Prevention innovation grants
This category is not open to applications. Details are provided for information only. Please see Financial administration for updated information on scientific and financial reporting requirements and policies.
The Canadian Cancer Society (CCS) in partnership with the Canadian Institutes of Health Research- Institute of Cancer Research (CIHR-ICR), will jointly fund this Innovation Grants program, specifically focused on prevention research. Proposed work should incorporate multi-pronged high risk/high reward approaches and stimulate new partnerships between researchers and experts in the cancer prevention field. Applications addressing CIHR-ICR’s Strategic Research Priority area of health disparities or prevention service inequities are specifically encouraged.
Please see the ‘Partners description’ section below for more information on the CIHR-ICR.
Innovation Grants have been created to support innovative, creative problem solving in cancer research. As competition for grant funding increases, peer review panels become more conservative and risk averse, emphasizing feasibility more than innovation. The goal of this CCS grant program is to support unconventional concepts, approaches or methodologies to address problems in cancer research. Innovation projects will include elements of creativity, curiosity, investigation, exploration and opportunity. Successful projects may be based on “high risk” ideas, but will have the potential for “high reward” (i.e. to significantly impact our understanding of cancer and generate new approaches to combat the disease by introducing novel ideas into use or practice).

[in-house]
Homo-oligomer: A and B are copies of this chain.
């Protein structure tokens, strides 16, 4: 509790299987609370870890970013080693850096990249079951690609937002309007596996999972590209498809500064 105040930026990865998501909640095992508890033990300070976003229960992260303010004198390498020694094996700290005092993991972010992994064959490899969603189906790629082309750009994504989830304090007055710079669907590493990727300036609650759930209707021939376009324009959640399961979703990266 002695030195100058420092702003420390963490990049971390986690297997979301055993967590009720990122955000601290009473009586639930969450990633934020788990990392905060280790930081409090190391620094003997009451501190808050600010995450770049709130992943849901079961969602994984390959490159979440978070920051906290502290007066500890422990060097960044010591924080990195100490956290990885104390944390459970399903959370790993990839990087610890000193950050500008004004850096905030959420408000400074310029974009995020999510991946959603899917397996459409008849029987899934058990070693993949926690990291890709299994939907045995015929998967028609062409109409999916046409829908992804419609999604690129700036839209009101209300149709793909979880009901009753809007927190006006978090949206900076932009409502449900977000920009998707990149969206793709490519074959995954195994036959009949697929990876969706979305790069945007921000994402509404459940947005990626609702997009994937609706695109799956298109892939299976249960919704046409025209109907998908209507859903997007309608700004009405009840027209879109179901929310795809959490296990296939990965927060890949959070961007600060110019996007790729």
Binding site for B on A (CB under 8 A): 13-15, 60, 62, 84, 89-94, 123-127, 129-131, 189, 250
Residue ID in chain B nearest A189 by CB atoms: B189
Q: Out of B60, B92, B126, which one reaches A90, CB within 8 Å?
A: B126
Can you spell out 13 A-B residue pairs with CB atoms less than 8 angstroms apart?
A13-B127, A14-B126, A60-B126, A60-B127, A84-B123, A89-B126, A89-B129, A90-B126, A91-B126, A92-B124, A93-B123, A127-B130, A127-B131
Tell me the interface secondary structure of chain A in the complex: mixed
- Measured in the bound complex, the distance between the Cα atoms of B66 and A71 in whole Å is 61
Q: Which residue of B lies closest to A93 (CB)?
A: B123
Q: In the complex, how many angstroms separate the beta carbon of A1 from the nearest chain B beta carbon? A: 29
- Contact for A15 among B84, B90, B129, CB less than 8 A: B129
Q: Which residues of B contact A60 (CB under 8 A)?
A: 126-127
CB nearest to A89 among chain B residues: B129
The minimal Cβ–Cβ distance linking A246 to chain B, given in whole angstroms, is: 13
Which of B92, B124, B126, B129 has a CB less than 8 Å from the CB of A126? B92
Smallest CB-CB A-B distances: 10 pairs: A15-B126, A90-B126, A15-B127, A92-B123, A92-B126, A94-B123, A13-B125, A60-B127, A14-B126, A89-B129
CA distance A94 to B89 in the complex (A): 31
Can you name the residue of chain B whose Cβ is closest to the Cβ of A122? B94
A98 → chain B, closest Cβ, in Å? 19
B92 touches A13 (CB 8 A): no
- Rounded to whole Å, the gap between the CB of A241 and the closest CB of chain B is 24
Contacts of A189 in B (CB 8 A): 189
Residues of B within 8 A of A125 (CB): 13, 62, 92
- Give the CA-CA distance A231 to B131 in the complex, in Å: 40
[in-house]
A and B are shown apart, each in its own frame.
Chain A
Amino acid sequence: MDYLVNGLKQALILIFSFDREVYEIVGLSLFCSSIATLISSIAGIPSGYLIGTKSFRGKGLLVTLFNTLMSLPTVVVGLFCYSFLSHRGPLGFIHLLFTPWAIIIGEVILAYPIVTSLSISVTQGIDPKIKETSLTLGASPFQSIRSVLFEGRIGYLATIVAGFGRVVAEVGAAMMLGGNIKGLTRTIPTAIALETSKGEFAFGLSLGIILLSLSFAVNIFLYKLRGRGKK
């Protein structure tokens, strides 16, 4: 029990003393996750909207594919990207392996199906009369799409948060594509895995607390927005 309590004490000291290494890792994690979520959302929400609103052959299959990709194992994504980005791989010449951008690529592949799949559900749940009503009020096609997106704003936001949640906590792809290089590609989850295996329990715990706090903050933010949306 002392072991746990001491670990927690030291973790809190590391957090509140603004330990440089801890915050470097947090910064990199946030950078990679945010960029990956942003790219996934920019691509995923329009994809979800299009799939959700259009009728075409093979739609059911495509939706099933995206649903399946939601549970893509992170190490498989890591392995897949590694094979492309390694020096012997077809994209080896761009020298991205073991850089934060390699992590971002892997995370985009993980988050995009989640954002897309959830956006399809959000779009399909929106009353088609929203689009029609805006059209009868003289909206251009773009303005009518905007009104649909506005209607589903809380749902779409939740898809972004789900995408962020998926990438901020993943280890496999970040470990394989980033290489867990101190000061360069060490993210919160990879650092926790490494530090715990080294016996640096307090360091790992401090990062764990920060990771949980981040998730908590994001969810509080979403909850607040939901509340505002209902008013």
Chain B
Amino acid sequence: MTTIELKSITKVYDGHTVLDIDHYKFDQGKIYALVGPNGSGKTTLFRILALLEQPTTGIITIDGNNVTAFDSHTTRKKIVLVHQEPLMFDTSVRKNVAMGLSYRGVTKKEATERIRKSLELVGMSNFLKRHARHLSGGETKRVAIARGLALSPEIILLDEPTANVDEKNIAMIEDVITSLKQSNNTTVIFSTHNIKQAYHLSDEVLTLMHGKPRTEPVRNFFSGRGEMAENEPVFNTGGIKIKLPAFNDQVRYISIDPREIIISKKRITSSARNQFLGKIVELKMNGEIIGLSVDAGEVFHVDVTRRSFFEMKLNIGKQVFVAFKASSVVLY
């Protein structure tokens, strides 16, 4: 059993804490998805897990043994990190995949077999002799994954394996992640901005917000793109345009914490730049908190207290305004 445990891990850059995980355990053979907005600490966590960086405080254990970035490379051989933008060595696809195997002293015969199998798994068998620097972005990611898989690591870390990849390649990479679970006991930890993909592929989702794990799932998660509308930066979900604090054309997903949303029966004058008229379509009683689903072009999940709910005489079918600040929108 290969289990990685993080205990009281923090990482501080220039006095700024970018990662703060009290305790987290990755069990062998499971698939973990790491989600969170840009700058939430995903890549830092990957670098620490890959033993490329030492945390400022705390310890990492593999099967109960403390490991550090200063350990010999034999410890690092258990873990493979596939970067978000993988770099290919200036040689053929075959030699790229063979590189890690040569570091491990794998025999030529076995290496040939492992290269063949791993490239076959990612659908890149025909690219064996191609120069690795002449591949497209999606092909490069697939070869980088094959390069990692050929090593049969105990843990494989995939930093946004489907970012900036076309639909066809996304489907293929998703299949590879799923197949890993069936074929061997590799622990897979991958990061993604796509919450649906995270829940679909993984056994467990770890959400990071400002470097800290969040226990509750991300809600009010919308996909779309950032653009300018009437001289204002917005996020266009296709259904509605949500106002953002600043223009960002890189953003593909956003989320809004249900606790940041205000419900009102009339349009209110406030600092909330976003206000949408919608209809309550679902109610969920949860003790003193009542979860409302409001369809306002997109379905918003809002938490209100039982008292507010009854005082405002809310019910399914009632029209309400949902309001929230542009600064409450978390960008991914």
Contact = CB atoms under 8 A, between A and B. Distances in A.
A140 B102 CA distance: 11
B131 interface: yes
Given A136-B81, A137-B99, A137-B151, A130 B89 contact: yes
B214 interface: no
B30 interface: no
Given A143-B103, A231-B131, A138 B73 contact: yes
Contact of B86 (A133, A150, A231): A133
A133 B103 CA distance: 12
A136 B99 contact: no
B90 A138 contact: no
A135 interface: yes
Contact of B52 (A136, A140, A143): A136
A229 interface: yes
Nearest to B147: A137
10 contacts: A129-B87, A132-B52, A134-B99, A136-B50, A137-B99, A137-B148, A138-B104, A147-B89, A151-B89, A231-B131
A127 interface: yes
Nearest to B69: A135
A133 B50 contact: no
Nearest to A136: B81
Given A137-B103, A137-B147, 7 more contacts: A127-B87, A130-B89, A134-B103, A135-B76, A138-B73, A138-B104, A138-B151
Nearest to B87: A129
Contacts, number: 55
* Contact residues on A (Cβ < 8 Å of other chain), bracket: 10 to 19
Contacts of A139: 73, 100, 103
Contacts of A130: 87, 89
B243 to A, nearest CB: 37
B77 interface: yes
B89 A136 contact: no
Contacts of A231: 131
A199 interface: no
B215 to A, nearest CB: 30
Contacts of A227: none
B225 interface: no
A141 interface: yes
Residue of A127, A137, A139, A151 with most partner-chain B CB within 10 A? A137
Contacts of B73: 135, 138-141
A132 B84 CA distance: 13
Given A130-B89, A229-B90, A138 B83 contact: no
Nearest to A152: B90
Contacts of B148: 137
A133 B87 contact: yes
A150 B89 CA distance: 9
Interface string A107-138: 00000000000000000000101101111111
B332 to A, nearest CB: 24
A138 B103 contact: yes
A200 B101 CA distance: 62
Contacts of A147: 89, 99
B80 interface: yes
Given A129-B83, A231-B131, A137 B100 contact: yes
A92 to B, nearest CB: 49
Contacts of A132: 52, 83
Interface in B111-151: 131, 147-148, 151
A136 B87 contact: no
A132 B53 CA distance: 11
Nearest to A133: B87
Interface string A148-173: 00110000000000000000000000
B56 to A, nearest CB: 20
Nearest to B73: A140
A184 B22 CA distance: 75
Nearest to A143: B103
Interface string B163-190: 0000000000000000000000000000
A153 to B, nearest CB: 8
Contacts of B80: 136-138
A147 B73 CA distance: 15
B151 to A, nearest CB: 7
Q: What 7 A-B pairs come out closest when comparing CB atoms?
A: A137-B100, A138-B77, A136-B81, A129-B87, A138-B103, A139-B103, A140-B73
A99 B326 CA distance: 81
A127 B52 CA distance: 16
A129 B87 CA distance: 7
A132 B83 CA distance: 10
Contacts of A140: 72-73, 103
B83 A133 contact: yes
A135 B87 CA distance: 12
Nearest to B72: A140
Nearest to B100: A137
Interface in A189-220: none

It is hoped that this grant program will accelerate the introduction of innovation into the entire cancer research system and contribute to the scientific idea pipeline. Significant findings from investigators funded by Innovation Grants may be developed further through CCS "Innovation to Impact" Grants or operating grants offered by other agencies.
Scientific focus of the program
The purpose of this funding initiative is to support unique, creative research ideas and applications of new knowledge with imminent application potential relevant to cancer prevention in human populations. Proposed projects must demonstrate a specific and defined potential for impact on cancer incidence, for example through prevention/risk reduction research, programs, and practice, including interventions, knowledge translation, best practices and health-related decision making at the individual, organizational and health system levels. Applications are invited for social/psychosocial and behavioural science, health policy, population health, health promotion and health services research aimed at cancer prevention. Applicants are required to submit proposals for studies that explicitly address the Society’s mission to reduce the incidence of cancer. For this competition, applications for research outside of cancer prevention are not eligible.